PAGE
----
Emission Quantification Tool Calculates Smart Grid’s Effects

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Use of "Smart Grid" technologies can impact carbon emissions — but by how much? A new Emissions Quantification Tool can estimate the answer to that question. Credits -PNNL

Smart grid and the intelligent grid is greener grid technology, which benefits environment. This technology efficiently decreases fossil fuel consumption, greenhouse gas (GHG) emission, and other air pollutants. According to analysis, its mechanisms can reduce 12% of national carbon emissions tills 2030. But, it all depends on different unsteady factors, this conclusion may surprisingly become wrong. Scientists from U.S. Department of Energy’s Pacific Northwest National Laboratory have found a solution on it. They recently developed an Emission Quantification tool to uncover such unreasonable results.

This new Emission Quantification tool can precisely calculate emission impacts and energy advantages from smart grid technology. It allows different organizations to calculate environmental effects of smart grid technologies. Organizations can see effects of shifting energy. This energy is use to a different time of day or of adopting additional renewable energy resources.

Working of This Emission Quantification Tool

Through this tool, organizations can evaluate changes in Carbon dioxide, Sulphur dioxide, and Nitrogen oxides. Similarly, it can calculate energy and financial savings that gained by combining smart grid technologies.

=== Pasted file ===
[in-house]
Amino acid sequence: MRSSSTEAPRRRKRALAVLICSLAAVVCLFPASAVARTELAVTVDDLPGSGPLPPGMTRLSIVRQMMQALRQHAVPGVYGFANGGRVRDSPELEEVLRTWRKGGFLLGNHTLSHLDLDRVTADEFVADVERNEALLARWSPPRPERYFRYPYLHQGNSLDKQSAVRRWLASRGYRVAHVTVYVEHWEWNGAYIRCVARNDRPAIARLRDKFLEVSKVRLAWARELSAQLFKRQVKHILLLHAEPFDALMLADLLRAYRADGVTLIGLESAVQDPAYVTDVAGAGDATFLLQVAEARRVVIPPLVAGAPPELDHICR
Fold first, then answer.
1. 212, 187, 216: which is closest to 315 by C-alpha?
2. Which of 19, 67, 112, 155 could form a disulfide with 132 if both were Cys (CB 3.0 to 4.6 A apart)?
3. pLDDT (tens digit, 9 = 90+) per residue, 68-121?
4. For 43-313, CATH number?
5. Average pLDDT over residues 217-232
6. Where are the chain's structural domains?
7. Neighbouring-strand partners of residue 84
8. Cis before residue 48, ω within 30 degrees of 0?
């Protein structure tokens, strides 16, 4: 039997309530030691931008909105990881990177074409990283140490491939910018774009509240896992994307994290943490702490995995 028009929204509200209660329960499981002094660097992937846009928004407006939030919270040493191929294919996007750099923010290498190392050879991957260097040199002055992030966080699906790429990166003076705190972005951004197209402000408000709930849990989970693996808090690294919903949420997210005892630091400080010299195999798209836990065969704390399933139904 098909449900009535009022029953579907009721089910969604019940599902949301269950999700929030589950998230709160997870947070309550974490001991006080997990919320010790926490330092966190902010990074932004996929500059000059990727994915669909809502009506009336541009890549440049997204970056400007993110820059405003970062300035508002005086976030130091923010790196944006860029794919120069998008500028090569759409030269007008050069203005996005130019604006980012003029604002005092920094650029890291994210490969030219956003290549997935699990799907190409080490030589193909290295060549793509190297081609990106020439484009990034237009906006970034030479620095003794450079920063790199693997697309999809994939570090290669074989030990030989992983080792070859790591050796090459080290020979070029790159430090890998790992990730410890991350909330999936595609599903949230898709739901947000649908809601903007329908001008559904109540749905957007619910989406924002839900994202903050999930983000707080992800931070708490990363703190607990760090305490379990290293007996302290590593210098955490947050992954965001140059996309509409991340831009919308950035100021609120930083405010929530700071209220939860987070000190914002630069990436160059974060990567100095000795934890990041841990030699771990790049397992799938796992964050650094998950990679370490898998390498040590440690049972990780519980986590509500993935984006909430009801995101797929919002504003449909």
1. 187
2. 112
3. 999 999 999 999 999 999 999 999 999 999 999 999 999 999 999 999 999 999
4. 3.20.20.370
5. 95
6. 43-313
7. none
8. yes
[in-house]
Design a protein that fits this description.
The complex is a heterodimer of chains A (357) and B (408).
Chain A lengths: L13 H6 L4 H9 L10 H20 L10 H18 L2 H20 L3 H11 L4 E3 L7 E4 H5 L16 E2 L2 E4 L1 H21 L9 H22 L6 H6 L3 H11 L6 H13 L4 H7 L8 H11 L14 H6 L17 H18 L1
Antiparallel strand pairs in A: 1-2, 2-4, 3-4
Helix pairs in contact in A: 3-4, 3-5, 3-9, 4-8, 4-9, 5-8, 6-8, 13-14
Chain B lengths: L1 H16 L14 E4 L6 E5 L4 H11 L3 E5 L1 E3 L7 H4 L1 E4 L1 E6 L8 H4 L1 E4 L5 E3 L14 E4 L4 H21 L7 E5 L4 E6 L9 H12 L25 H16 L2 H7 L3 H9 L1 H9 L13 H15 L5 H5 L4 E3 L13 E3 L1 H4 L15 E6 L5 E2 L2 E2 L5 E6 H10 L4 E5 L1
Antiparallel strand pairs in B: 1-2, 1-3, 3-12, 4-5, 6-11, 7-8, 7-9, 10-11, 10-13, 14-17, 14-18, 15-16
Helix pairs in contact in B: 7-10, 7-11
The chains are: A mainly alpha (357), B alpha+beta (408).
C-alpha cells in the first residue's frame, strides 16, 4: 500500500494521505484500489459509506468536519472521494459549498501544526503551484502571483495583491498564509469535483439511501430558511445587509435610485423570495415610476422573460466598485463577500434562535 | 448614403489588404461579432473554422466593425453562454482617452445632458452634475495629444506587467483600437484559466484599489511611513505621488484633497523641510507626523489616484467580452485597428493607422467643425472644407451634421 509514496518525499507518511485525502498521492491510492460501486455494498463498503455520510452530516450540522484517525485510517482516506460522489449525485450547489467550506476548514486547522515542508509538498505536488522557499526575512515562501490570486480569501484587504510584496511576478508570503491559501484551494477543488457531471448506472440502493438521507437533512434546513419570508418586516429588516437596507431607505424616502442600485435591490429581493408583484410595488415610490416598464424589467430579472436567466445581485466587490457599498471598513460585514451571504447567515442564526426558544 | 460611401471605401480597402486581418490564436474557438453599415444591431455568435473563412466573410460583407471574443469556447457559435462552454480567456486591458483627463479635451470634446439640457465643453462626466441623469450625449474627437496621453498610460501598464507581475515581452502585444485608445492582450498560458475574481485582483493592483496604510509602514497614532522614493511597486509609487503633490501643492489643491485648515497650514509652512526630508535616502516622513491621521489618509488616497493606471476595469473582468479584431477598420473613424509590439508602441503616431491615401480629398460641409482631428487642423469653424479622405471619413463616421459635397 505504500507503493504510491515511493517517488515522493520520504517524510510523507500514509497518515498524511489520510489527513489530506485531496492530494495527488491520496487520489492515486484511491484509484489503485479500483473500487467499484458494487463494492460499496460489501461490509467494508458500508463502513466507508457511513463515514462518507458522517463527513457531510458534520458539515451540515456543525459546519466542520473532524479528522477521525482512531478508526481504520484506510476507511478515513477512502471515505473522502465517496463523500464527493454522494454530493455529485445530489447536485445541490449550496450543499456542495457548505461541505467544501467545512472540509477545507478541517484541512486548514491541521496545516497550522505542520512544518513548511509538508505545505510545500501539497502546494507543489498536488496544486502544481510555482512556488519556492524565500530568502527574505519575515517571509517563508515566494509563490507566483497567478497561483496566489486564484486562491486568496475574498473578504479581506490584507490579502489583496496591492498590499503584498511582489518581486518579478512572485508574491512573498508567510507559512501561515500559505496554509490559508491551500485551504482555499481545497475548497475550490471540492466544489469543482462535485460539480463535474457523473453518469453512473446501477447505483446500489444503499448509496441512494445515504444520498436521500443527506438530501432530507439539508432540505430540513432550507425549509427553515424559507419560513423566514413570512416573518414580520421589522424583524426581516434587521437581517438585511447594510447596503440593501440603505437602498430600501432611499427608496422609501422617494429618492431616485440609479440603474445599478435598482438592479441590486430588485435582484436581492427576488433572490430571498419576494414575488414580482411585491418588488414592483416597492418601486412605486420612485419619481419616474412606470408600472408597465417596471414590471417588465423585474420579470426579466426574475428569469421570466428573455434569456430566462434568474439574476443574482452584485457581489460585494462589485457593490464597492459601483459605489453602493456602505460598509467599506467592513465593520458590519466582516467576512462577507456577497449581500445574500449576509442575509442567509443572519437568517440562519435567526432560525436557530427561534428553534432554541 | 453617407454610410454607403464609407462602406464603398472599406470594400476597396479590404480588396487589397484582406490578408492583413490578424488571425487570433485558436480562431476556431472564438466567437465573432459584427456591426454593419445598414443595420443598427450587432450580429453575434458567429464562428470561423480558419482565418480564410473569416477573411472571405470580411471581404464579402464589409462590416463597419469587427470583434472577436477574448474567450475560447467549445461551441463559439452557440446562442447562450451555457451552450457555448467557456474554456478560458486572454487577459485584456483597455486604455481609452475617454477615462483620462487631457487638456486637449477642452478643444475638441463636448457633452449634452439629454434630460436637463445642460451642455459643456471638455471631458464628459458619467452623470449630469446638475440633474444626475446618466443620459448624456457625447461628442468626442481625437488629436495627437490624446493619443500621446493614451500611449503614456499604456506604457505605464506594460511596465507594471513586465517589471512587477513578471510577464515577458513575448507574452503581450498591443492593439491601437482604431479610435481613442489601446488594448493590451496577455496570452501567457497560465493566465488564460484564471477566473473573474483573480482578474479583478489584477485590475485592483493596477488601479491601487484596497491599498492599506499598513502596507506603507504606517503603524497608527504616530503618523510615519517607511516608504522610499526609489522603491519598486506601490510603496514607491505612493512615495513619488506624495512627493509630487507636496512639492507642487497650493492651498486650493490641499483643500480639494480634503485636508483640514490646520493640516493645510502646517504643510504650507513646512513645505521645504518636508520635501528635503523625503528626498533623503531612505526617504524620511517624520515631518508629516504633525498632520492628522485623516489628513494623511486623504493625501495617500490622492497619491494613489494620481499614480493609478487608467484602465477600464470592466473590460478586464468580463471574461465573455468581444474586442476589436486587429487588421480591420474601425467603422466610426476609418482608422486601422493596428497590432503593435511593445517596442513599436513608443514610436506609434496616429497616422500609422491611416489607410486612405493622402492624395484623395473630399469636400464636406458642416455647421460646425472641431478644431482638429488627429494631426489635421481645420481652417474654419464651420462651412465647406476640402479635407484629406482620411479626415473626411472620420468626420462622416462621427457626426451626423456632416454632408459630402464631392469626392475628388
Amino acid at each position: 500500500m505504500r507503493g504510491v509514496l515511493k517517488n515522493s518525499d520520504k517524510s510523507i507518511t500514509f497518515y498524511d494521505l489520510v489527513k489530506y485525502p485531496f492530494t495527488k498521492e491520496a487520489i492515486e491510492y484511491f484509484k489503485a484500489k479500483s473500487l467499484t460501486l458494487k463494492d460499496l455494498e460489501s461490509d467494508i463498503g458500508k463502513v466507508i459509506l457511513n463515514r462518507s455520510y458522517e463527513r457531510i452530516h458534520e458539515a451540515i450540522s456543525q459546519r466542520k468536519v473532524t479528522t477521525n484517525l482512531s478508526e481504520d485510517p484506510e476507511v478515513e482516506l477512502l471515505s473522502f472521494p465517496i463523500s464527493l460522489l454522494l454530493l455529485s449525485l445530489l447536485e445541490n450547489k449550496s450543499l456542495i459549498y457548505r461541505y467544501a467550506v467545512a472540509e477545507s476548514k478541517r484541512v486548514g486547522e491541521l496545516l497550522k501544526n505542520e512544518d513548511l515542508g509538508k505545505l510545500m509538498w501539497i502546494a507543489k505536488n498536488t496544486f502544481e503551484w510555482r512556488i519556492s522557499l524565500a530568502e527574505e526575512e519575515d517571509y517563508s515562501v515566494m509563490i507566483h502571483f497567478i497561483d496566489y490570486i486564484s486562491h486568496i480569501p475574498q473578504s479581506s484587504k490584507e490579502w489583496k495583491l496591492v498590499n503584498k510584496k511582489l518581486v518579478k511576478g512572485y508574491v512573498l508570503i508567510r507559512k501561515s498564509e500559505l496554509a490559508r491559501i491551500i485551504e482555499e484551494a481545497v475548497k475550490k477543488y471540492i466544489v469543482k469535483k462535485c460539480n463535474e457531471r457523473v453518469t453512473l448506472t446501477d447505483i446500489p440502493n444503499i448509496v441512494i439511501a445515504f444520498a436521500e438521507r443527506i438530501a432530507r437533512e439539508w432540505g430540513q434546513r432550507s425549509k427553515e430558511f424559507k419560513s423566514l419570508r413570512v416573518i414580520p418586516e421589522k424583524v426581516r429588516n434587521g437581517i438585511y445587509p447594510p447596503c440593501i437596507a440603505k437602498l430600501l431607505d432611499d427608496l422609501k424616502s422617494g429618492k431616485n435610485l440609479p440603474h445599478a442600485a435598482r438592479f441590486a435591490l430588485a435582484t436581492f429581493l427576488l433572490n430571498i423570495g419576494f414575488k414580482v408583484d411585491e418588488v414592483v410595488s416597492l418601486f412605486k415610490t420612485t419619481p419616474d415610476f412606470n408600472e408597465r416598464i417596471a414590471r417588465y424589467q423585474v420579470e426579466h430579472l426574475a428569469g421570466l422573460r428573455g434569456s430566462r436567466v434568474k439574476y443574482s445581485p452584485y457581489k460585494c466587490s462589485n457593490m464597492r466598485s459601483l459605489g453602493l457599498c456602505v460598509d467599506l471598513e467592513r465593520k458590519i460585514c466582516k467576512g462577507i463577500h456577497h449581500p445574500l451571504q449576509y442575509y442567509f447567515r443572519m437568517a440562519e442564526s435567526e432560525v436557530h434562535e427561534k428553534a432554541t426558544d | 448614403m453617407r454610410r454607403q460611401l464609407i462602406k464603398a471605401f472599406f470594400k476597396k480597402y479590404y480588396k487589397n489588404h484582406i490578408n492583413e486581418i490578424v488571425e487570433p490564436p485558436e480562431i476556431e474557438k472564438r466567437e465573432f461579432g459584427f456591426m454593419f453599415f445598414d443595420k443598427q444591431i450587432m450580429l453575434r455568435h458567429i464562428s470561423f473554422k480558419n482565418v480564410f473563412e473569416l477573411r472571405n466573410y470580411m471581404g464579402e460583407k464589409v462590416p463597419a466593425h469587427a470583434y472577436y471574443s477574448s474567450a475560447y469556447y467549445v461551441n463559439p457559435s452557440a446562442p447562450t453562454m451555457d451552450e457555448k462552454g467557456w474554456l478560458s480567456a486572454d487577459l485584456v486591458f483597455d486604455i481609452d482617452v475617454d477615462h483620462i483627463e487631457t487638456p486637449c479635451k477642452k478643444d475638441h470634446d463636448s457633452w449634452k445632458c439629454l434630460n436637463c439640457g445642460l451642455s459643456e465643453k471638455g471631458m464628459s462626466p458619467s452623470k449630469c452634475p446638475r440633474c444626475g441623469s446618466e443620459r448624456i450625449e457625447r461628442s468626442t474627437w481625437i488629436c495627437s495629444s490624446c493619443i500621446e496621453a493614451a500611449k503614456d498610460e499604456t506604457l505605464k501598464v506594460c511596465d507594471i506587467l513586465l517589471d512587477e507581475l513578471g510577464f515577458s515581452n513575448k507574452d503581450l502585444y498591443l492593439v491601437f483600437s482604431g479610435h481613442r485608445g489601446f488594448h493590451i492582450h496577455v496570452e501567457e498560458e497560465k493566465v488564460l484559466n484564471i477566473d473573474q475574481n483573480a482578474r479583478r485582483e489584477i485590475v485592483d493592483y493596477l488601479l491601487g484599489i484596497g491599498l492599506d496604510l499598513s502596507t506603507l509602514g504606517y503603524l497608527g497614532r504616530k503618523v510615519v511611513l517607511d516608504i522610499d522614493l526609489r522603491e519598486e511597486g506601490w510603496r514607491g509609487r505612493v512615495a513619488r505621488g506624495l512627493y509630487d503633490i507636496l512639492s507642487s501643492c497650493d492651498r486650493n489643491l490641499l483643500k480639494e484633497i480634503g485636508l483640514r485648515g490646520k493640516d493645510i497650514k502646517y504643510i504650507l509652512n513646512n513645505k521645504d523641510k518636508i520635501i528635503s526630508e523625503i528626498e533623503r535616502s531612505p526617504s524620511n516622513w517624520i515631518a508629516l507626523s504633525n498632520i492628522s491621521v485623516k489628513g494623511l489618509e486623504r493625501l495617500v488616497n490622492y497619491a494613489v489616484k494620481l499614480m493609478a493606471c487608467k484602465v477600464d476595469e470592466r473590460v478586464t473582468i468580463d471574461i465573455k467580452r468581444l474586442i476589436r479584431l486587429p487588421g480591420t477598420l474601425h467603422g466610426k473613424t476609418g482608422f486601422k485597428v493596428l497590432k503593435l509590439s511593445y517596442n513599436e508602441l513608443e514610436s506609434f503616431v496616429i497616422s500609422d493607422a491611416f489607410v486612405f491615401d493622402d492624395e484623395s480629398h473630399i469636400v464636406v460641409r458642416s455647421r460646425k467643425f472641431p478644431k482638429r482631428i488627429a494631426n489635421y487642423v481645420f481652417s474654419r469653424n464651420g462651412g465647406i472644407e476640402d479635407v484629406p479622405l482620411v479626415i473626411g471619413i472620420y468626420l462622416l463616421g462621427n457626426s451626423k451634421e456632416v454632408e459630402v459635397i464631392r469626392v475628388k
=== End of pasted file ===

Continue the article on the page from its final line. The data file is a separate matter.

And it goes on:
After calculation, the tool generates detailed information with previous and later technology adoption comparisons. On a variable’s number, it informs the user. For example, how much energy storage will require providing benefit for a certain operation. Additionally, checks resulting increment or decrements in emission. Calculations depend on upon fixed data sources, including EPA’s AVERT, or Avoided Emissions and Generation Tool. This draws emissions benefits of energy efficiency and renewable energy policies and programs.

Karen Studarus, a power systems engineer at PNNL, said, “Users can instantly and easily cover various schemes by changing type of smart grid technology and other variables. This is for characterizing their particular set of circumstances and location.”

“Our assembled modules is currently used to investigate proposed project’s effects and understand the sometimes unreasonable trade-offs,” he continued.

This free and web-based tool has been designed transparent for basic data and algorithms. Through this, the user is able to easily understand how outcomes from schema were calculated.

Studarus said, “This is a really unexplored domain. Nobody’s done this before. Different organizations require detailed information when it comes to understanding the impacts of smart grid technologies on the environment and the bottom line. This tool allows folks to see more clearly how much faith they should be putting into the numbers.”